When I first wrote the Optional<T> struct, that is how I did it. Unfortunately, there was a problem with Bridge 1.10 and I removed the private "_missing" field as a workaround. The Bridge Team have long since resolved that issue and so I can put the code back how I want it.

This also allows for a tweak to the implicit operator method -

public static implicit operator Optional<T>(T value)
{
    if (value == null)
        return _missing;
    return new Optional<T>(value);
}

Now, one might presume, there would now be no unnecessary instantiations whether "className: Optional<ClassName>.Missing" or "className: null" was specified. Unfortunately, we're not quite there yet..

When structs are passed around in C#, they are copied. This is why they appear to be passed "by value" rather than "by reference" - if a mutable struct is instantiated in method F1 and passed to F2, any changes made to it in F2 are not visible in F1 since they both have different copies of the struct. To ensure consistency with .net, Bridge's JavaScript must do something similar - any time that a struct is passed around, it is copied. This means that a new instance will be created each time that "Missing" or "_missing" is accessed. This is wasteful with the Optional<T> struct since it's immutable; since nothing can alter its contents, there is no need to copy it when passing it around.

Bridge has another workaround for this, the [Immutable] attribute. When applied to the Optional<T> struct, the Bridge compiler will not copy instances when they are passed from one method to another. These changes reduce the "Render" time to 93ms in the React development build and 61ms in production.

While this is an improvement, I can still see what looks like a lot of time spent on generic type stuff in the profiler. Even though the op_Implicit calls for null values are sharing instances now, in order to get to the static op_Implicit method it is necessary to access the representation of the Optional<T> struct for the particular type. And, I suspect, this incurs a similar cost to instantiating a new instance.

To confirm this, I added [IgnoreGeneric] to Optional<T>. This was not something I really wanted to do since it would require a minor change to the struct's public interface. There are two properties; IsDefined and Value. Currently there are two states - a state where IsDefined is true and Value has a specified "T" value and a state where IsDefined is false and Value has the default value of "T" (null for a reference type, zero for a number). With the [IgnoreGeneric] attribute, it would not be possible to set the default value of "T" for the "Missing" value state since "T" would not be available at runtime. If I was to apply [IgnoreGeneric] to the struct then "Value" would have to be considered undefined if IsDefined was false. This isn't a huge deal since I think that that's how it should have been interpreted anyway, really (an alternative would have been to be more aggressive and throw an exception from the Value property getter if IsDefined is false) but it's still a change.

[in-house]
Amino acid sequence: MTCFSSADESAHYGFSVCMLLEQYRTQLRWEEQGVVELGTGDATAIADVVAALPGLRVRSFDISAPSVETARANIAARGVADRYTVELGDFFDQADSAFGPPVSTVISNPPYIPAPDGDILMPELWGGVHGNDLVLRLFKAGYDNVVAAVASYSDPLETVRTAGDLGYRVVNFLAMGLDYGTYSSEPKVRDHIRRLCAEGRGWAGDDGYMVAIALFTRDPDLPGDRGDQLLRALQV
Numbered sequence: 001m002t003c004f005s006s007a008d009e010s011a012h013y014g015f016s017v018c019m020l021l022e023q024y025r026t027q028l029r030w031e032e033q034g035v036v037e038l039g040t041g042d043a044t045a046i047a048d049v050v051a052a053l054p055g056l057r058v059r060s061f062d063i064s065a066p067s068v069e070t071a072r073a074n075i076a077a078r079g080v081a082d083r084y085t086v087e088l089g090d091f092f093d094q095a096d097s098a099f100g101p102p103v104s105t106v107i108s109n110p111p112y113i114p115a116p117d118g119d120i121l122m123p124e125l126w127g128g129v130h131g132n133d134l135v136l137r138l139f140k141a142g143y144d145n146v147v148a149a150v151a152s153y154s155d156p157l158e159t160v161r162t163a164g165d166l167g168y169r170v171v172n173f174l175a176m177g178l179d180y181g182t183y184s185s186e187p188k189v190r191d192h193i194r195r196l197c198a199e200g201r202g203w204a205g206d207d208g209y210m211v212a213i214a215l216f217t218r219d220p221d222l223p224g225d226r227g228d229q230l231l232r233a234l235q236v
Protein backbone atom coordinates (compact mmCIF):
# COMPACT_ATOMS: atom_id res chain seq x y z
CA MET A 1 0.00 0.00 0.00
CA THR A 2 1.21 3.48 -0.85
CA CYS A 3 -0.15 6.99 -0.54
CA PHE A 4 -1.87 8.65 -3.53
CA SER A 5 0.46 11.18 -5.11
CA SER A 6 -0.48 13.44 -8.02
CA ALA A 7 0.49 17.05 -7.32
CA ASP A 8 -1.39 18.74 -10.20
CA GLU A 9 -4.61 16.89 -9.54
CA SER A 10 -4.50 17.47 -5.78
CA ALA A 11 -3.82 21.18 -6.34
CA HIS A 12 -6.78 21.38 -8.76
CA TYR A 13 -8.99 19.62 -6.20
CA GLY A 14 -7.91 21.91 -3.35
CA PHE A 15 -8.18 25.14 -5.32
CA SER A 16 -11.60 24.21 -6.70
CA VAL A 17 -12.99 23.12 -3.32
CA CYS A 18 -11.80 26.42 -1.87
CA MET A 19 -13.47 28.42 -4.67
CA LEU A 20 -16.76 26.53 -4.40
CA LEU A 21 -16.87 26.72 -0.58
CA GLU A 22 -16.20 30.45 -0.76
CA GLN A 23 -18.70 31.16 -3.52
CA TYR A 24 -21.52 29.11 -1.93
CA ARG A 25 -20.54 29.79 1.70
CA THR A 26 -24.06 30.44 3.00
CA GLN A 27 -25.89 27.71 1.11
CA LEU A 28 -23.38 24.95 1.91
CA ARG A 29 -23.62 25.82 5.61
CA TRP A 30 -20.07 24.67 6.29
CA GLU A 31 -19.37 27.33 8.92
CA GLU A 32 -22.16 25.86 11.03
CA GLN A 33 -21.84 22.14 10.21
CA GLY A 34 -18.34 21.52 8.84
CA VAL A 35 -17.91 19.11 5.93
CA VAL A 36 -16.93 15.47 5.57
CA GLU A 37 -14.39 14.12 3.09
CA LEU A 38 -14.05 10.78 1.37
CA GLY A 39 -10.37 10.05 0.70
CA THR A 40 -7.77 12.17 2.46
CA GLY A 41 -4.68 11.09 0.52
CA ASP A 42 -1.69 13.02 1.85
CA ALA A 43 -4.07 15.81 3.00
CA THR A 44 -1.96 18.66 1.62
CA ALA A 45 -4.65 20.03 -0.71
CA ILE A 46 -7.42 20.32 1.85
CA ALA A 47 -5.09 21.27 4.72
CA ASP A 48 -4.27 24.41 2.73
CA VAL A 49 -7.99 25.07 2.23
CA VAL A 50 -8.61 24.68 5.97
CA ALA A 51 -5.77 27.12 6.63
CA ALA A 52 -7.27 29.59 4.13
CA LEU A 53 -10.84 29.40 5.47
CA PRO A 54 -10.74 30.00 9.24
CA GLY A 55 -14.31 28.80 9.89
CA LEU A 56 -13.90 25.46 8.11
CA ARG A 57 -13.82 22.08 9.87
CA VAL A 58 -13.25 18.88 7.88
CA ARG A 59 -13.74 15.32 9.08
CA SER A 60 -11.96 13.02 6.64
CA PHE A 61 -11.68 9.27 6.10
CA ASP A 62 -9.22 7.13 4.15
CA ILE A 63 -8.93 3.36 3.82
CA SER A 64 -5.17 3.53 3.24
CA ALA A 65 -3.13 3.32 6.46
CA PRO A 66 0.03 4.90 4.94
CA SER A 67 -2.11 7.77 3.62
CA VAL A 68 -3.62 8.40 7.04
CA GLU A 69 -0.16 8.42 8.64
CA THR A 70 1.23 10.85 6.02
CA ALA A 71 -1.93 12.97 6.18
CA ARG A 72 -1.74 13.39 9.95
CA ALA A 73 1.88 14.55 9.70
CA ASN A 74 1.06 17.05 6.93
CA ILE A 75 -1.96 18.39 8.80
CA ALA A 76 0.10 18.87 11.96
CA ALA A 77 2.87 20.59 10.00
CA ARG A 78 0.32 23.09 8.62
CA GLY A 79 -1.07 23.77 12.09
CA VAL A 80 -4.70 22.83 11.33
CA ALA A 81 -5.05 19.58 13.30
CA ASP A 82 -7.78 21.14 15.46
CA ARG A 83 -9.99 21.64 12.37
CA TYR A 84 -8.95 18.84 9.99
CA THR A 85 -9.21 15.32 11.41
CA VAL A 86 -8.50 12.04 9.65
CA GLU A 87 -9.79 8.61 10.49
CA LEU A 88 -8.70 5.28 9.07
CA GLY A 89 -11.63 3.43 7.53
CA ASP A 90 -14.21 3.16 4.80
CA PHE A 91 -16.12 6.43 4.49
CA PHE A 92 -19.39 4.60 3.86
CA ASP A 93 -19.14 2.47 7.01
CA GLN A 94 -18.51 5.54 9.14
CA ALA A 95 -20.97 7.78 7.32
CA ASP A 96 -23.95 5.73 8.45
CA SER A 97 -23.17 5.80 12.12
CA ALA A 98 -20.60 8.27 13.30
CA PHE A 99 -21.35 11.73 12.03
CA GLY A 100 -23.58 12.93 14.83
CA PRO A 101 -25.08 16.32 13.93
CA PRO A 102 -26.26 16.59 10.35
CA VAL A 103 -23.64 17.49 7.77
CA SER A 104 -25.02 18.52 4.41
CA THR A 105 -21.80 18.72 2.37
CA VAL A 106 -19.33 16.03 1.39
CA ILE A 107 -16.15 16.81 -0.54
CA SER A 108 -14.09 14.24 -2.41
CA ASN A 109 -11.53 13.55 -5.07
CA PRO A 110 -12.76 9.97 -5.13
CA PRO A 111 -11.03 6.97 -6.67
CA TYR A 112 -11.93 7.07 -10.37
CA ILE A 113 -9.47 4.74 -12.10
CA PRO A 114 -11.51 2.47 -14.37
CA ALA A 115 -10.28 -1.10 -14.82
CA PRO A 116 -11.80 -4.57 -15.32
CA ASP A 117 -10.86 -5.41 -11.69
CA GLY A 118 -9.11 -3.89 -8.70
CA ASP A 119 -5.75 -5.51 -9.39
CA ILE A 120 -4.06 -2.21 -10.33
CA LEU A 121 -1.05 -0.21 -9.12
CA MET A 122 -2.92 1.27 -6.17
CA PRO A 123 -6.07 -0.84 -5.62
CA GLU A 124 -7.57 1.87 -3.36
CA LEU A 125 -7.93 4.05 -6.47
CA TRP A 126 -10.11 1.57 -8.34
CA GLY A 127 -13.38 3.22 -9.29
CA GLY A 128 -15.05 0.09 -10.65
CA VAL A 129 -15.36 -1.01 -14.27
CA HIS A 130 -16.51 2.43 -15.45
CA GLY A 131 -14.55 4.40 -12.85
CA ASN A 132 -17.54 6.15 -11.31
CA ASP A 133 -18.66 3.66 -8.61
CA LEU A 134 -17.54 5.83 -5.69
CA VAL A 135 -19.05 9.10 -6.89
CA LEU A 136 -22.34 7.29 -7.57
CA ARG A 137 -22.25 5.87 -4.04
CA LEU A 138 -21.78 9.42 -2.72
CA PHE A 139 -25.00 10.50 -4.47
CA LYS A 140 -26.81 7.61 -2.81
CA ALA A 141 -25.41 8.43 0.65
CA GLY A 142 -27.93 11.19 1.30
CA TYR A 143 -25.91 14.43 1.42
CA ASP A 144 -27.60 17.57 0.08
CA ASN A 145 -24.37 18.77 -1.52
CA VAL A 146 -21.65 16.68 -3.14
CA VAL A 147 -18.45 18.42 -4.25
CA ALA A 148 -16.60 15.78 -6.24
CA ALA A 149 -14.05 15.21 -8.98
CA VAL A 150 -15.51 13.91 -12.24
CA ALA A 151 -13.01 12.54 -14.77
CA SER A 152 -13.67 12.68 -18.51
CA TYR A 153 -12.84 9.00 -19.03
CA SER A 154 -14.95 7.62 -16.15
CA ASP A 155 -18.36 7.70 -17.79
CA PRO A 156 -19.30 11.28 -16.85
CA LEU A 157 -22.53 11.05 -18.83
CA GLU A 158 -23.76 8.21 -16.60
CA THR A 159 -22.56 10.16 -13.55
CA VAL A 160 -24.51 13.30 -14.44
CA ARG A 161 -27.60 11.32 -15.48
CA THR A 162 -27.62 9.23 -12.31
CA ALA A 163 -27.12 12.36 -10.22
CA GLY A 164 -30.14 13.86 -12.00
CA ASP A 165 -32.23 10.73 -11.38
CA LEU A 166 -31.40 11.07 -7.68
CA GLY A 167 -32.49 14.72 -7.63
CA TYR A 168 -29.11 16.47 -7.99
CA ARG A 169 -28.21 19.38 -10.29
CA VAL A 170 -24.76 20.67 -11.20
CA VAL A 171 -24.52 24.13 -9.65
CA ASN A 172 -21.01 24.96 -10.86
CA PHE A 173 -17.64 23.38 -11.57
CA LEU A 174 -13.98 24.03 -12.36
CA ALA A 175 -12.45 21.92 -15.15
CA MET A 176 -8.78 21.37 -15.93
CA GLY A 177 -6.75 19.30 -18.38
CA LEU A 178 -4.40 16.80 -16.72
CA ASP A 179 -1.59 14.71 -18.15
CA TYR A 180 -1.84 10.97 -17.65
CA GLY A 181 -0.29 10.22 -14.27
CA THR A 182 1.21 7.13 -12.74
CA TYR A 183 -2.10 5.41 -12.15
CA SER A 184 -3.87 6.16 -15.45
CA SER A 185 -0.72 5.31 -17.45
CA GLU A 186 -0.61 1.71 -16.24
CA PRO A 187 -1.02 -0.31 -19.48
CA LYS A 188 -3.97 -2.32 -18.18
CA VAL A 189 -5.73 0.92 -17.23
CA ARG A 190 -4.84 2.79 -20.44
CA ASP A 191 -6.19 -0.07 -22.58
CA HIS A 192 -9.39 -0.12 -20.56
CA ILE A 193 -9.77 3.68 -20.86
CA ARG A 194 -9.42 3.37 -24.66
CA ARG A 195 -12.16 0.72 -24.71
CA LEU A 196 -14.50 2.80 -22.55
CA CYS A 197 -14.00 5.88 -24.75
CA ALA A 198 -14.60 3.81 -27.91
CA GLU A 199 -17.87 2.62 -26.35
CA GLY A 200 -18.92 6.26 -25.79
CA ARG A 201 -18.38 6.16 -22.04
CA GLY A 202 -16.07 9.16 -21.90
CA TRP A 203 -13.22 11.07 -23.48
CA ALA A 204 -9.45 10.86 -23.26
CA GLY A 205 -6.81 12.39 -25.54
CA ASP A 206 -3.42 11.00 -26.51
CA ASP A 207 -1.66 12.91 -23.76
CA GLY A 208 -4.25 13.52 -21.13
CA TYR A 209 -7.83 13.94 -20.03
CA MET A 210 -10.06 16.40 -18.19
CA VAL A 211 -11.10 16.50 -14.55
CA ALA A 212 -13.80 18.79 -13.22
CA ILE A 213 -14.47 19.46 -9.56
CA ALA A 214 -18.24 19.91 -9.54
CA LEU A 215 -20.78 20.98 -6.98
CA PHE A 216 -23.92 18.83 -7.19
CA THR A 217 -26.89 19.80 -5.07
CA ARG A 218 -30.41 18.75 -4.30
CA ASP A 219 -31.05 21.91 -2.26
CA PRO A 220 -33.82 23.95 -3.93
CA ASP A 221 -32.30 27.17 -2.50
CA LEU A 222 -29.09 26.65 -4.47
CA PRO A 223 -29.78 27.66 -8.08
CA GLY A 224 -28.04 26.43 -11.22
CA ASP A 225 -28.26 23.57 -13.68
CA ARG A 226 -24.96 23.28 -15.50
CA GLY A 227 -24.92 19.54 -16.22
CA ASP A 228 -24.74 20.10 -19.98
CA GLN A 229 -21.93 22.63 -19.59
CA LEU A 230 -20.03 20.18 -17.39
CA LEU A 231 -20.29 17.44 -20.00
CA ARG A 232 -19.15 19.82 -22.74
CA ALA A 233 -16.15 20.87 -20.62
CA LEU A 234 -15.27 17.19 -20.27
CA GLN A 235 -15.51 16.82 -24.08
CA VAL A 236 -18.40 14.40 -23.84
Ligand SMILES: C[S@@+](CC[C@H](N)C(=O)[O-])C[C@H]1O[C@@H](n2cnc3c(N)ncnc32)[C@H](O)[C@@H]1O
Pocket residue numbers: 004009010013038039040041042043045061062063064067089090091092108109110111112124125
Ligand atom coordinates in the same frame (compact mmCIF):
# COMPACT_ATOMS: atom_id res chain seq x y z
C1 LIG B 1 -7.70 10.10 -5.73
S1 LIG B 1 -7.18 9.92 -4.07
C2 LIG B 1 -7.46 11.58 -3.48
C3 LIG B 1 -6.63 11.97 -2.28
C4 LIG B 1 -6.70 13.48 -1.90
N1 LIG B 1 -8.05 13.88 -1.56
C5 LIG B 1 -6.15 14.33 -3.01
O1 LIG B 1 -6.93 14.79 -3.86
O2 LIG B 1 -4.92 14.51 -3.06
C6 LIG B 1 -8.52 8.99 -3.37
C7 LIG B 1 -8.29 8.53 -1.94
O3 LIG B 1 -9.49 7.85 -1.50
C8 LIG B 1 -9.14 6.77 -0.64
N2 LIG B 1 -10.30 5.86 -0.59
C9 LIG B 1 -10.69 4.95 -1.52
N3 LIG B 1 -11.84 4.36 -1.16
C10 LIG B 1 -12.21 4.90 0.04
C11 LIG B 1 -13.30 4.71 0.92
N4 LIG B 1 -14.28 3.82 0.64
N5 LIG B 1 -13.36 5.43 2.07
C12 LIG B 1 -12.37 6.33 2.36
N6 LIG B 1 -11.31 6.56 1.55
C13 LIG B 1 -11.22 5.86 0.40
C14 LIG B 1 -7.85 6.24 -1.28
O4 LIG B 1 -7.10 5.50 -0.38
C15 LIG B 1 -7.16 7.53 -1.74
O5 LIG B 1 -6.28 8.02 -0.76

When I added [IgnoreGeneric] to the CommonProps<T> class, I had to apply some workarounds to deal with the type "T" not being available at runtime. I had to do similar with Optional<T>. The first change was that the following line clearly wouldn't work:

private static Optional<T> _missing = new Optional<T>(default(T), false);

so it was replaced with this:

private static Optional<T> _missing = new Optional<T>(Script.Write<T>("null"), false);

The "Script.Write<T>" method in Bridge is a way to directly emit JavaScript (simply "null" in this case) and to tell the C# type system that a value of type "T" is being returned. So, here, the "T" is only used by the C# compiler and does not have any impact on runtime. The compromise is that "null" is being used for the Value property of the "Missing" instance regardless of the type of "T". So Value will be null even if "T" is an int or a bool in cases where IsDefined is false.

The other change required completely removing the C# backing field for the Value property -

private readonly T value;

The problem was that Bridge would generate a struct definition that would try to set "value" to default(T), which it would not be able to do since "T" would not be available at runtime.

Instead, the value would be written directly by more raw JavaScript. The constructor changed from:

public Optional(T value) : this(value, value != null) { }
    this.isDefined = isDefined && (value != null);
    this.value = value;
}

to:

public Optional(T value) : this(value, value != null) { }
    this.isDefined = isDefined && (value != null);
    Script.Write("this.value = {0}", value);
}

and the property getter changed from:

public T Value { get { return this.value; } }

to:

public T Value { get { return Script.Write<T>("this.value"); } }

Finally, anywhere in the struct that the backing field was accessed was changed so that it went via the public "Value" property getter.

This meant that there were no potential runtime errors waiting to occur within the struct (none of the code relied on access to the type "T"), that there was type safety for any code instantiating or accessing the struct in C# and it meant that the struct could have [IgnoreGeneric] applied and hence (theoretically) allow the application to work more efficiently.